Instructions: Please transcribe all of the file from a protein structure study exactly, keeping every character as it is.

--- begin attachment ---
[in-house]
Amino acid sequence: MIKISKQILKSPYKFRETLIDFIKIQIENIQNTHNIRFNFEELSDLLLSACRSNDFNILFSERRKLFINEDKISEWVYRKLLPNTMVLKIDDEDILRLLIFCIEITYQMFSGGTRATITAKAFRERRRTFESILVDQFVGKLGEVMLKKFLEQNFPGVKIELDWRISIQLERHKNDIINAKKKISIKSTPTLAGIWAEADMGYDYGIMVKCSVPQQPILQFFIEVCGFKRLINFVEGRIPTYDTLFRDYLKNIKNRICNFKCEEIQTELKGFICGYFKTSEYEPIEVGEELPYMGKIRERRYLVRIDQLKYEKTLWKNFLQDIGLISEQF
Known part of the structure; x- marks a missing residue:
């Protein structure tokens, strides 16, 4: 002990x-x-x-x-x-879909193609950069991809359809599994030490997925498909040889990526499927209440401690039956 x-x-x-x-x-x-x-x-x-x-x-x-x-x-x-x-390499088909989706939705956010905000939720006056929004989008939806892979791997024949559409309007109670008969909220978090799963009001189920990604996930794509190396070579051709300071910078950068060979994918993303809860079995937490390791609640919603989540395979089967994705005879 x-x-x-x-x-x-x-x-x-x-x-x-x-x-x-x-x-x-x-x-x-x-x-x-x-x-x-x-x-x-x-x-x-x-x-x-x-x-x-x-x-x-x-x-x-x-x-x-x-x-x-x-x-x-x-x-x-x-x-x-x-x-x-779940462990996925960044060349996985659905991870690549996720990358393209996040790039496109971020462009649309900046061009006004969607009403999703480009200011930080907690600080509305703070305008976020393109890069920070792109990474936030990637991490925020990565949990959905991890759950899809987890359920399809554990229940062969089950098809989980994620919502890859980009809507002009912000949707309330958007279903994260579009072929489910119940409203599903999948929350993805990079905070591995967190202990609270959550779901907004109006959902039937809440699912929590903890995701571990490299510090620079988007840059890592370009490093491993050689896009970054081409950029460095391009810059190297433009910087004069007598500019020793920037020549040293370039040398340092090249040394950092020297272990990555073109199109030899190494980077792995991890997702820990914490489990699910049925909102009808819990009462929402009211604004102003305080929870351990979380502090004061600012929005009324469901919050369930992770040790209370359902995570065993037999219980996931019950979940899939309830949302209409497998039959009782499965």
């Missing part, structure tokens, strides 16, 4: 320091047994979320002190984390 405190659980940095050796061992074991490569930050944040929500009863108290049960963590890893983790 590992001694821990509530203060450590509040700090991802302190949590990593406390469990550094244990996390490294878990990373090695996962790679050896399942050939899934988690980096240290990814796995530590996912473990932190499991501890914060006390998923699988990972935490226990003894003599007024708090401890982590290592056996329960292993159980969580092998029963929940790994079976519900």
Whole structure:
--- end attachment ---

[in-house]
Amino acid sequence: MIKISKQILKSPYKFRETLIDFIKIQIENIQNTHNIRFNFEELSDLLLSACRSNDFNILFSERRKLFINEDKISEWVYRKLLPNTMVLKIDDEDILRLLIFCIEITYQMFSGGTRATITAKAFRERRRTFESILVDQFVGKLGEVMLKKFLEQNFPGVKIELDWRISIQLERHKNDIINAKKKISIKSTPTLAGIWAEADMGYDYGIMVKCSVPQQPILQFFIEVCGFKRLINFVEGRIPTYDTLFRDYLKNIKNRICNFKCEEIQTELKGFICGYFKTSEYEPIEVGEELPYMGKIRERRYLVRIDQLKYEKTLWKNFLQDIGLISEQF
Known part of the structure; x- marks a missing residue:
């Protein structure tokens, strides 16, 4: 002990x-x-x-x-x-879909193609950069991809359809599994030490997925498909040889990526499927209440401690039956 x-x-x-x-x-x-x-x-x-x-x-x-x-x-x-x-390499088909989706939705956010905000939720006056929004989008939806892979791997024949559409309007109670008969909220978090799963009001189920990604996930794509190396070579051709300071910078950068060979994918993303809860079995937490390791609640919603989540395979089967994705005879 x-x-x-x-x-x-x-x-x-x-x-x-x-x-x-x-x-x-x-x-x-x-x-x-x-x-x-x-x-x-x-x-x-x-x-x-x-x-x-x-x-x-x-x-x-x-x-x-x-x-x-x-x-x-x-x-x-x-x-x-x-x-x-779940462990996925960044060349996985659905991870690549996720990358393209996040790039496109971020462009649309900046061009006004969607009403999703480009200011930080907690600080509305703070305008976020393109890069920070792109990474936030990637991490925020990565949990959905991890759950899809987890359920399809554990229940062969089950098809989980994620919502890859980009809507002009912000949707309330958007279903994260579009072929489910119940409203599903999948929350993805990079905070591995967190202990609270959550779901907004109006959902039937809440699912929590903890995701571990490299510090620079988007840059890592370009490093491993050689896009970054081409950029460095391009810059190297433009910087004069007598500019020793920037020549040293370039040398340092090249040394950092020297272990990555073109199109030899190494980077792995991890997702820990914490489990699910049925909102009808819990009462929402009211604004102003305080929870351990979380502090004061600012929005009324469901919050369930992770040790209370359902995570065993037999219980996931019950979940899939309830949302209409497998039959009782499965």
């Missing part, structure tokens, strides 16, 4: 320091047994979320002190984390 405190659980940095050796061992074991490569930050944040929500009863108290049960963590890893983790 590992001694821990509530203060450590509040700090991802302190949590990593406390469990550094244990996390490294878990990373090695996962790679050896399942050939899934988690980096240290990814796995530590996912473990932190499991501890914060006390998923699988990972935490226990003894003599007024708090401890982590290592056996329960292993159980969580092998029963929940790994079976519900």
Whole structure: